Life in the 'burbs without a car

Published on 27/09/2021 at 3:57 pm.

View the whole article on stuff.co.nz .

View the whole article on stuff.co.nz .

We designed our city suburbs to protect people from air pollution – and ended up doing the opposite. Despite advice that urban sprawl is bad for cities and the climate, we’re still building outwards. Olivia Wannan asks how we can we turn our satellite suburbs around.

Aucklander Hannah Spyksma is dedicated to her low-carbon commute. The 32-year-old spends nearly three hours every weekday on the bus and train between her home on the Hibiscus Coast and work.

Still, she feels guilty about the five-minute drive to the bus station: “I’d like to bike the leg of that journey, but there’s no infrastructure to really support it.”

It’d be quicker to drive the whole thing, of course, but Spyksma sacrifices her time to keep her emissions footprint down. “I wish I didn’t have to spend so much time hauling myself across the city each day.”

Ideally, she and her partner would live in an inner-city apartment, within walking distance of work. “We’ve kind of been pushed to the outskirts of the city because of house prices,” she explains.

Spyksma’s predicament isn’t unusual: to feed growing housing demand, satellite suburbs are springing up on the outskirts of our biggest cities. Controversial developments like one at Drury, 35 kilometres south of Auckland, are baking in long commutes. Before long, Drury could house as many people as Napier.

Suburbs for cars

But these satellite ‘burbs are being built on outdated ideas, says University of Waikato environmental planning professor Iain White​. Our cities are designed on division: areas for work, industrial activity, shopping, play and living.

Take the daily commute (which most Kiwis do in their cars). This made sense when many workers headed to smokey, noisy factories. “The historical rise of the suburbs was rich people insulating themselves [from pollution],” he says.

Now, more than 1.5 million jobs are in offices and facilities – which can peacefully coexist with well-built houses. Manufacturing employs around 235,000 of us.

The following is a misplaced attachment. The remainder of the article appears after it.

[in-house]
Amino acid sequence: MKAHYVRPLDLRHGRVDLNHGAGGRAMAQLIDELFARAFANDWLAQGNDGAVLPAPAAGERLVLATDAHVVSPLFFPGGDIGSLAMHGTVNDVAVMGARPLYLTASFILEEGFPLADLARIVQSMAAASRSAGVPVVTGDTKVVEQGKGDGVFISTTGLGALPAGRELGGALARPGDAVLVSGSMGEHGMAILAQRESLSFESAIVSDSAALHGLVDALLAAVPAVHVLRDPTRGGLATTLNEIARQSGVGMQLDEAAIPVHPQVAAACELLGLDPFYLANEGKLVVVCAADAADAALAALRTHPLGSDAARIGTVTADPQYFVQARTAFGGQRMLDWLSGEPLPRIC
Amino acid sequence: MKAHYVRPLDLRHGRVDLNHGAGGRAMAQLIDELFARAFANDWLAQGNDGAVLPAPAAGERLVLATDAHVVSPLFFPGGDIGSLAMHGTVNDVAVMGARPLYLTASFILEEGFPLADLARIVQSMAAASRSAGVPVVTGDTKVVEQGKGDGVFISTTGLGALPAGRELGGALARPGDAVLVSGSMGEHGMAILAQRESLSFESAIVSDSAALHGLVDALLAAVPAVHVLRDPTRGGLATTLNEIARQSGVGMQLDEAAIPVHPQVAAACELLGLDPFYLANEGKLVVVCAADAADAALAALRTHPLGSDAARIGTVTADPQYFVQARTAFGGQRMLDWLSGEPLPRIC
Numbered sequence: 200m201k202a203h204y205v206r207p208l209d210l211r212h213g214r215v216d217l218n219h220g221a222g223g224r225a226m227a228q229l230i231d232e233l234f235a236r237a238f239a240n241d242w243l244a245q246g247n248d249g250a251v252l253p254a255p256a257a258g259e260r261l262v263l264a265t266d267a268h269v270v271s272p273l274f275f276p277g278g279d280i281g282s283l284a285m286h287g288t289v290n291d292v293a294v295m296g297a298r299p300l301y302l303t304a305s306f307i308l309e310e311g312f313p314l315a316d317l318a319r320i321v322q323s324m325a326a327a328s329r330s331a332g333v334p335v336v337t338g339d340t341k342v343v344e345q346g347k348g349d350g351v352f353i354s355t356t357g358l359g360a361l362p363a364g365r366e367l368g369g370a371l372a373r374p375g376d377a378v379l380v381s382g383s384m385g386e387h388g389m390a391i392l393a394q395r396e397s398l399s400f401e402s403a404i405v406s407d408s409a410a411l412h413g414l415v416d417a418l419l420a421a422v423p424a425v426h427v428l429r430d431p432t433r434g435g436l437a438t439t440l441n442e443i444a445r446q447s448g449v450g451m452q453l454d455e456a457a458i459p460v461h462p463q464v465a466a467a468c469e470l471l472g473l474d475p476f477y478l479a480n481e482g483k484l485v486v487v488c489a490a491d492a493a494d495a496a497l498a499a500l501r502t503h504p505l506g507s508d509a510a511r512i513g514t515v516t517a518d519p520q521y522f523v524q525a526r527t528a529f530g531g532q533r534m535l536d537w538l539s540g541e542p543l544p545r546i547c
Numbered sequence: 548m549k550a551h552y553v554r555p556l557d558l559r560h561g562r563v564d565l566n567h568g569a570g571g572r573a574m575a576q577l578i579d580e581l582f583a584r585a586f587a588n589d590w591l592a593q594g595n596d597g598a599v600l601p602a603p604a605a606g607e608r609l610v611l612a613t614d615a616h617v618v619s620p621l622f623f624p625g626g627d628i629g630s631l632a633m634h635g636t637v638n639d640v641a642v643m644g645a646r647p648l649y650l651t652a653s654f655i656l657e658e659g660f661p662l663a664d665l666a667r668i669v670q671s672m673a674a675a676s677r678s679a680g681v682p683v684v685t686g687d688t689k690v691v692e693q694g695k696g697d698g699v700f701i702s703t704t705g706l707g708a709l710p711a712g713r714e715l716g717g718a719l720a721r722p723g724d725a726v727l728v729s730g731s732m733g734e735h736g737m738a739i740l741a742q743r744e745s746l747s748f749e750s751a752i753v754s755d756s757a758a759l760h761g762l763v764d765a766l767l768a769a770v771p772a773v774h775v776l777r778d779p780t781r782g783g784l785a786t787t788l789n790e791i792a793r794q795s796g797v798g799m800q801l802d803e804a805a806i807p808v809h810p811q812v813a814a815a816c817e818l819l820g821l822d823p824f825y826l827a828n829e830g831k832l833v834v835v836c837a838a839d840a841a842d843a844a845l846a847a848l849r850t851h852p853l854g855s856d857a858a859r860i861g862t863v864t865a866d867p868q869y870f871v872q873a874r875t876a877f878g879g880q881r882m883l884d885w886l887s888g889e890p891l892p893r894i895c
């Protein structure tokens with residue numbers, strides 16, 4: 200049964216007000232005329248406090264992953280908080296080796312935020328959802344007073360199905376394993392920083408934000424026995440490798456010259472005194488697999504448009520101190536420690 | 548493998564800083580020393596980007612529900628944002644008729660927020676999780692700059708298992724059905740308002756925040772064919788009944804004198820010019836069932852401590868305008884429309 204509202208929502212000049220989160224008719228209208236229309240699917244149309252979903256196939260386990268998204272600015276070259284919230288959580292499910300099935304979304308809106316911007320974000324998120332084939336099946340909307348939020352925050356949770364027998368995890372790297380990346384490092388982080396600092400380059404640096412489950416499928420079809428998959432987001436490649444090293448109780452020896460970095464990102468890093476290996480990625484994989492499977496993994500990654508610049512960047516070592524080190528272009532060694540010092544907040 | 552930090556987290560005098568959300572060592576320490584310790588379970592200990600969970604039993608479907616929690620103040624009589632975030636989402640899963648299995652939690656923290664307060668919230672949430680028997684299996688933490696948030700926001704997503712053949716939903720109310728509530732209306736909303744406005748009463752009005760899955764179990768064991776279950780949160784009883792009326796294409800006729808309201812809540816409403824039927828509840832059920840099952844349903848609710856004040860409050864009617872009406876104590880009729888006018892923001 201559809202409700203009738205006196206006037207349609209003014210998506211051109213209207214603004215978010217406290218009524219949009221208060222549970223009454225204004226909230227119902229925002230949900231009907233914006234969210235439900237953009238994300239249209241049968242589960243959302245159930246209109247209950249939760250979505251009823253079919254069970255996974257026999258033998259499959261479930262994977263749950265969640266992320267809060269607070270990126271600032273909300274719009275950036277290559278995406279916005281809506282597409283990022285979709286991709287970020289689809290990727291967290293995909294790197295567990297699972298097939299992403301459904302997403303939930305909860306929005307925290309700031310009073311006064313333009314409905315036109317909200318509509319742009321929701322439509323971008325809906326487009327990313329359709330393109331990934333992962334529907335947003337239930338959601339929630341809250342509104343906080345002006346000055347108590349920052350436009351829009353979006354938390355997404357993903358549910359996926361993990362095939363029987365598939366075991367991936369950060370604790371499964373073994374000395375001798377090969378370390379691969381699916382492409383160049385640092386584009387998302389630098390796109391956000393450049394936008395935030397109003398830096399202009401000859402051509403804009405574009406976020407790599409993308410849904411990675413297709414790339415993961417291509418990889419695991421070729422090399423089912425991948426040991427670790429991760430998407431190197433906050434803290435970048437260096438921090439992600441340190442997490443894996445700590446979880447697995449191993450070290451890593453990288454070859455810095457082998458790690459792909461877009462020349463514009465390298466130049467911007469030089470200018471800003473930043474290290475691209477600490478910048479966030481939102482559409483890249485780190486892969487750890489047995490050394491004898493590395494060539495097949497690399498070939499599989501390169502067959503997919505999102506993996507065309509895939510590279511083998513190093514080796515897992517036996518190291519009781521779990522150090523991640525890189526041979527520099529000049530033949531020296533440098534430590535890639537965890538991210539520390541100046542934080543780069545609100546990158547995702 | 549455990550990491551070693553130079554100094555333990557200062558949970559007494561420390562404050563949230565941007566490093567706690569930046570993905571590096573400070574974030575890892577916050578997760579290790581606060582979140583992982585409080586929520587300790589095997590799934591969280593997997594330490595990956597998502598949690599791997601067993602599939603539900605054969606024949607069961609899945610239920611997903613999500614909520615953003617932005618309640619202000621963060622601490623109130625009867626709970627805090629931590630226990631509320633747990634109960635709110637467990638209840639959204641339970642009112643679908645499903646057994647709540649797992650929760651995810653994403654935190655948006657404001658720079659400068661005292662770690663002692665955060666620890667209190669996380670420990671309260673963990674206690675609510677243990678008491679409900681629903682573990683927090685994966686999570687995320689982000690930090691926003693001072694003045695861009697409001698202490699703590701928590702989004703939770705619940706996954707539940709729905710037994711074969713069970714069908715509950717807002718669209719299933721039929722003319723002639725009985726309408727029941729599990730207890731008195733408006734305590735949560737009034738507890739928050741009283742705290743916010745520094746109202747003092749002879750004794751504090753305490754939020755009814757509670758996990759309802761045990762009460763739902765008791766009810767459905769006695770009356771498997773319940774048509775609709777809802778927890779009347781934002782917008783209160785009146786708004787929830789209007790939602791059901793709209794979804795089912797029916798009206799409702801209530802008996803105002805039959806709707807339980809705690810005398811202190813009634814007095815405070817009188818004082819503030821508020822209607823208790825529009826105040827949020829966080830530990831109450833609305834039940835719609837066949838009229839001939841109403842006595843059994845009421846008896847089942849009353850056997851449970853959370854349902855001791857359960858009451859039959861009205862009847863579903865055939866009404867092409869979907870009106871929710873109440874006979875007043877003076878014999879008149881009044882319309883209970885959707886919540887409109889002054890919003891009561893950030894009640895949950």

Yet we still commute, ironically creating lots of greenhouse gas and air pollution in our travels. One study found Wellington residents in the outlying suburbs of Paparangi, Woodridge and Horokiwi had nearly seven times the annual transport emissions of people living in the central city.

Unsurprisingly, our footprints vary depending what’s on our doorsteps: the suburb of Tawa is further away from the central city, but, thanks to electric train lines, residents have a smaller transport footprint than those in Paparangi, Woodridge and Horokiwi (which only have bus services).

The three train stations to be built near Drury will help but the weekday commute is one battle in a larger war. Drivers spend plenty of weeknights and weekends in cars as well, racking up more than 3600km in an average year travelling to the shops and social activities, compared to 1300km heading to work.

Trendy forebears

Amusingly, future-proof urban spaces reflect the designs favoured by the Victorians. In the residential areas of European cities – and even older areas such as Wellington’s Mount Vic or Remuera in Auckland – houses are often mixed with small supermarkets, stores and cafés. If you’re after a bottle of milk or a coffee, the nearest one is often a few minutes’ walk away.

This is a legacy of how communities were built during the Victorian era, shaped by the dominant modes of transport of the day: walking and public transport. Notably, there was little town planning.

Now, our suburbs are a sea of residential zoning, with a concentrated shopping zone in the centre, typically a car journey away.

To recreate the leafy cornerside café enjoyed in Remuera or put an office in a newer suburb, a potential owner would likely need to go through the headache of the resource consent process. White says town planning in Aotearoa revved up in the 1950s, as car ownership began a long, sustained rise. “Our view of land was shaped around that.”

Successful densification doesn’t necessarily form a ring around the CBD, crushing beloved historic neighbourhoods. An assessment of Auckland found the city’s carbon footprint would fall by 55 per cent in 2030 if the city promoted public transport and put its new housing in areas near employment hubs, from the North Shore to southern Auckland.

For indepth reading of this article is available at Stuff. This article was originally published on 22 September 2021

View the whole article on stuff.co.nz .